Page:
It is believed that lack of political will due to fear of social and political backlash, especially from the minority community and orthodox Hindus, compelled successive Central governments to adopt a cautious approach to the UCC. It became evident in the case of Shah Bano (1985), when the government lost no time to enact the Muslim Women (Protection of Rights on Divorce) Act, 1986, to nullify the SC verdict that a Muslim husband is liable to pay maintenance to a divorced wife beyond the ‘Iddat’ period of 90 days. It has also been observed that conservative believers of the majority faith are interested in maintaining the status quo in matters of customary and personal laws.

Those opposed to the UCC justify their stand by referring to freedom of conscience and profession, practice and propagation of religion, guaranteed under Article 25 of the Constitution. It is, however, stated that secular activities are exempted from this guarantee and enacting laws on personal matters between individuals is a secular, sovereign function. It can plausibly be argued that personal laws relating to marriage, divorce, adoption, inheritance, succession etc. squarely fall within the regulatory power of the state. Moreover, in matters of civil rights, India is legally and morally obliged to follow the International Covenant on Civil and Political Rights (1966), which subscribes to equal rights for men and women in all matters of public and personal life.

It is well understood that religious mores, norms and rituals always conform to the socio-political and economic needs and realities of a contemporary society. There is all likelihood that some of these old religious practices and prescriptions might need review over a period of time, if found unscientific, unreasonable and irrational. Who can justify practices like ‘nikah halala’ and polyandry in the modern world? The state is duty-bound to remove such discrepancies to ensure that citizens lead a purposeful, dignified life.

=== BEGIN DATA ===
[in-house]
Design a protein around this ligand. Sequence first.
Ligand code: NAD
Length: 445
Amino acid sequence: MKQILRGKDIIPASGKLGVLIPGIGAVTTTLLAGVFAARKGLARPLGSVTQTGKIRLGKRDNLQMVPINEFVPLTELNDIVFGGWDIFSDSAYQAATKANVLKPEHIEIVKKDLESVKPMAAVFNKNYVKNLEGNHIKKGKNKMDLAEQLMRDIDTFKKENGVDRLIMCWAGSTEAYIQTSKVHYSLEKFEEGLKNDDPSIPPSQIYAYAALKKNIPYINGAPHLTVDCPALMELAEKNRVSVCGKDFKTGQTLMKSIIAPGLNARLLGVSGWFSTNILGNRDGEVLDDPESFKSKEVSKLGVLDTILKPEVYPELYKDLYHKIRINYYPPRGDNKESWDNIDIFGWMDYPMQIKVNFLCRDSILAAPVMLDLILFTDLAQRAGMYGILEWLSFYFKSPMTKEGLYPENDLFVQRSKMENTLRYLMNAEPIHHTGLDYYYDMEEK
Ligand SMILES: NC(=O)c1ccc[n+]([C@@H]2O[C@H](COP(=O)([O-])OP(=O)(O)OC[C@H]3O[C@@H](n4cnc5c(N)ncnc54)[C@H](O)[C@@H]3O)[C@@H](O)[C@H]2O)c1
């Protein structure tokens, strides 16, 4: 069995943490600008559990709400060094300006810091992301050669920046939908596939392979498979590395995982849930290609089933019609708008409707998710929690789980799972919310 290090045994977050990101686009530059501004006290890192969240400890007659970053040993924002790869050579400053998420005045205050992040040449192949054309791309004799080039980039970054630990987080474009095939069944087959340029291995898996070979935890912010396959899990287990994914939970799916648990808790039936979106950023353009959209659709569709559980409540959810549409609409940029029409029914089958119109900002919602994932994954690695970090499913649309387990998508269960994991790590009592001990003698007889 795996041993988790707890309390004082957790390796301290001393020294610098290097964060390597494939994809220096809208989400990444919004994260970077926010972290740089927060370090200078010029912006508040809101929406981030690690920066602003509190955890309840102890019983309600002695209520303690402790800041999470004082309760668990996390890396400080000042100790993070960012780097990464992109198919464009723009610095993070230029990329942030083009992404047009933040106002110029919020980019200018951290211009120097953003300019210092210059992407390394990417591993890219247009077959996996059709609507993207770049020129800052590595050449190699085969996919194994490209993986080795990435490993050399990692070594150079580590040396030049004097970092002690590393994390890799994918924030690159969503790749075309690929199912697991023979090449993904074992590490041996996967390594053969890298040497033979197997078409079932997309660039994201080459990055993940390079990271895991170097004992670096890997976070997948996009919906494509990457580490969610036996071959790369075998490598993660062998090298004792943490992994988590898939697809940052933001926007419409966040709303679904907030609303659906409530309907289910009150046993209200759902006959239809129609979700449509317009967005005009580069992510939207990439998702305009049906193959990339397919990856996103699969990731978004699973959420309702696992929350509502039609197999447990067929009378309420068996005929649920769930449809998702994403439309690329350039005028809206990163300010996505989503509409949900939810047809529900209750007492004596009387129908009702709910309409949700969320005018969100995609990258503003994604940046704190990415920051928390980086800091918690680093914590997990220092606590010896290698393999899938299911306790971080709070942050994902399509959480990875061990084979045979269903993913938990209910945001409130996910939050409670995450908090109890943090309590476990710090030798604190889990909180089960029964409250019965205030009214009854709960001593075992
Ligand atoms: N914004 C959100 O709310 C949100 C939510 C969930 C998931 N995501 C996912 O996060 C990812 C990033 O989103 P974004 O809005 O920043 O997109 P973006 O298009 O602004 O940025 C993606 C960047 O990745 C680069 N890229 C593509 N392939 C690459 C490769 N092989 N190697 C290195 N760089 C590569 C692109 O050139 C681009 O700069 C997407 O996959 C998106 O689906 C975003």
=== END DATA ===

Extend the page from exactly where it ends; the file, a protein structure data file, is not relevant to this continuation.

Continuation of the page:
The piecemeal efforts hitherto made by the state in abolishing degrading and gender-discriminatory practices like ‘sati’, child marriage and triple talaq and reforming laws relating to coparcenary rights, widow marriage and abortion are proving inadequate. All gender-discriminatory personal and customary laws need to be rationalised. The Central Government has already stated in the SC that it would consider the implementation of the UCC as soon as the report on the subject is received from the Law Commission.

It is desirable that the UCC should neither be a Hindu code nor a Muslim one. It should be a positive, secular and composite code, subscribing to the universal principles of equality, non-discrimination and human dignity. An ideal UCC should include monogamy, equal rights for son and daughter over the inheritance of parental property, and gender and religious neutrality in matters of marriage, divorce, adoption, succession, will, charity, guardianship and children’s custody.

The UCC should be given an overriding effect so that no customary or religious law becomes a hindrance, in case a citizen seeks to invoke its provisions for the determination of personal rights. Goa has already shown us the way; the UCC, in the form of the Portuguese Civil Code, 1867, continues to be in operation, without any problem.